By Andrew Hamlin
NORTHWEST ASIAN WEEKLY
Canadian director Jeff Chiba Stearns, of mixed Japanese and European heritage, shot a feature documentary, “One Big Hapa Family,” and a number of animated shorts, including one rendered entirely on Post-its, before and around his new feature documentary, “Mixed Match.”
But the new film, about the difficulties of finding mixed-race donors to contribute bone marrow and cord blood to fight disease in mixed-race people, started out, at least, as a more personal mission and pondering.
“I was asked to join the national bone marrow registry back in 2007,” Stearns remembered, “with the hope of helping a young Vancouver university student battling leukemia. Although, at the time, I was busy and didn’t even know how to join a registry. Therefore, I never actually signed up. It turned out he went into remission with chemotherapy, but I had always felt guilty for not trying harder.”
A few years later, though, Stearns got a message from the Mixed Marrow organization, dedicated to finding blood marrow and blood cell donors for multiethnic medical patients. The founder, Athena Mari Asklipiadis, wanted a documentary covering this challenging topic, and thought the maker of “One Big Hapa Family” was the right man for the job.
Asklipiadis, who has Japanese, Greek, Italian, Armenian, and Egyptian blood, has long been aware of challenges that hapa folks and families face. She became a donor activist after losing an aunt to lymphoma in 2007, and shortly thereafter met Krissy Kobata, a young hapa lady struggling to find a donor after being diagnosed with a potentially deadly blood disorder.
The Mixed Marrow founder, Stearns remembers, “pitched me the idea of a documentary that focused on this little known topic of the challenges that multiethnic people face when trying to find a stem cell match. Athena runs the only group focused on recruiting potential multiethnic bone marrow donors for searching patients. We met at a film festival in San Diego and the rest is history.”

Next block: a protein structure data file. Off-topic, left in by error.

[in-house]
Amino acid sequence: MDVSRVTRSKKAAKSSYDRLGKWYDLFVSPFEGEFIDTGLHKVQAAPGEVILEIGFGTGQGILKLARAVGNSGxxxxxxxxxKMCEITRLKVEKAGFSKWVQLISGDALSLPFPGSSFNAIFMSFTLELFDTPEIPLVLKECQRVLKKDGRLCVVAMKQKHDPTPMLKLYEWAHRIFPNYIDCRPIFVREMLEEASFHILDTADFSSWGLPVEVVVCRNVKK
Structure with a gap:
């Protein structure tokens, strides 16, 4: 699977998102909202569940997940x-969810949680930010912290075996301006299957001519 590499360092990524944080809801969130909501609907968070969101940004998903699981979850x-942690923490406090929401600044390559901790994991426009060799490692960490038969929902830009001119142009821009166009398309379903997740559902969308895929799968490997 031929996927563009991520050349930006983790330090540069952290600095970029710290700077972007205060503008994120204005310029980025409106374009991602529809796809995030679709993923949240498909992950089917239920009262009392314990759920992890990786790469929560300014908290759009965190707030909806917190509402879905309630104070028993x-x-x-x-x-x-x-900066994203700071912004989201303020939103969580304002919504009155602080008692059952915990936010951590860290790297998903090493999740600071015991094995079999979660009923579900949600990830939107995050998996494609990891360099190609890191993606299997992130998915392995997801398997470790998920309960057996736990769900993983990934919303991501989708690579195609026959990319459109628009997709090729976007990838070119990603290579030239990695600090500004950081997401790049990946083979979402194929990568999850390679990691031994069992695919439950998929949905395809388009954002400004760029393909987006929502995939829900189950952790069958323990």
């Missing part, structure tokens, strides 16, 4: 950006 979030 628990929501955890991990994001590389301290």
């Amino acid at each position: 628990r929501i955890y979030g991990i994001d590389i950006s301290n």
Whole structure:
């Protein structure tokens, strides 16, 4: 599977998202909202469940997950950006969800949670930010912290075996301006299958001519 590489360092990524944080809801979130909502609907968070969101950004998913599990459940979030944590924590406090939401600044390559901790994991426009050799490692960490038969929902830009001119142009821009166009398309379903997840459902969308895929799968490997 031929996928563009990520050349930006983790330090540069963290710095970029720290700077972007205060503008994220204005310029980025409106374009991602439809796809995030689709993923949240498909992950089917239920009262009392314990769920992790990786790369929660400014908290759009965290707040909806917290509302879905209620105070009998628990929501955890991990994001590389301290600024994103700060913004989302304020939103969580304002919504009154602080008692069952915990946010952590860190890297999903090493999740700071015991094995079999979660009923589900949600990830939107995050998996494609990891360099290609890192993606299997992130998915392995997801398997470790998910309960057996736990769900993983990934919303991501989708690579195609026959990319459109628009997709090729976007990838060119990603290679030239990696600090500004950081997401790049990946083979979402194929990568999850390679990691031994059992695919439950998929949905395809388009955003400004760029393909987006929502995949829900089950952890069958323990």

The film took six years to complete and took Stearns all over North America. He watched people who couldn’t find donor matches get sick, and sicker, and sometimes die. “We were very happy,” he affirmed, “that many of the stories we captured had happy endings, and patients found their matches.”
Asked about his biggest surprises during filming, he mentioned learning that umbilical cord blood can now be used for stem cell transplants. Stearns filmed his wife giving birth to their child, and they were able to donate the baby’s cord blood to the Canadian Cord Blood Bank.
“We filmed the birth,” he added, and it becomes an important part of the film.”
The filmmaker emphasized that anyone healthy could conceivably be a match for someone else, whether or not that person identifies as mixed-race, and that joining a database is as simple as taking a quick mouth swab and filling out a form.
“Creating ‘Mixed Match’,” he elaborated, “was a great way to be able to explore the topic of being mixed-race with a different approach within the medical world, all while being critical about how we use racial language in medicine. It’s crazy to think that our ancestry can be a reason why there are challenges to find a stem cell match.”
Stearns hopes people will watch the film, of course, but the website, mixedmatchproject.com, includes a great deal of extra content, including scenes that he had to leave out of the final cut of the film (he edited down over 200 hours of footage for his final 90-minute cut). He also included a page where people can find stem cell registries all the world over, if they’re interested in learning more about how to join, or how they can volunteer to help.
“We’ve also had a lot of people who said they joined the registry after just seeing the trailer online,” concludes Stearns. “So even if we end up saving one life with ‘Mixed Match,’ that will have made this entire seven-year journey all worth it!”
“Mixed Match” plays Feb. 24th at 6:30 p.m., at the Northwest Film Forum, 1515 12th Ave. Be The Match, a diverse bone marrow registry, will host a marrow drive at the Festival. For more details, visit seattleaaff.org/2017/films/mixed-match.
Andrew Hamlin can be reached at firstname.lastname@example.org.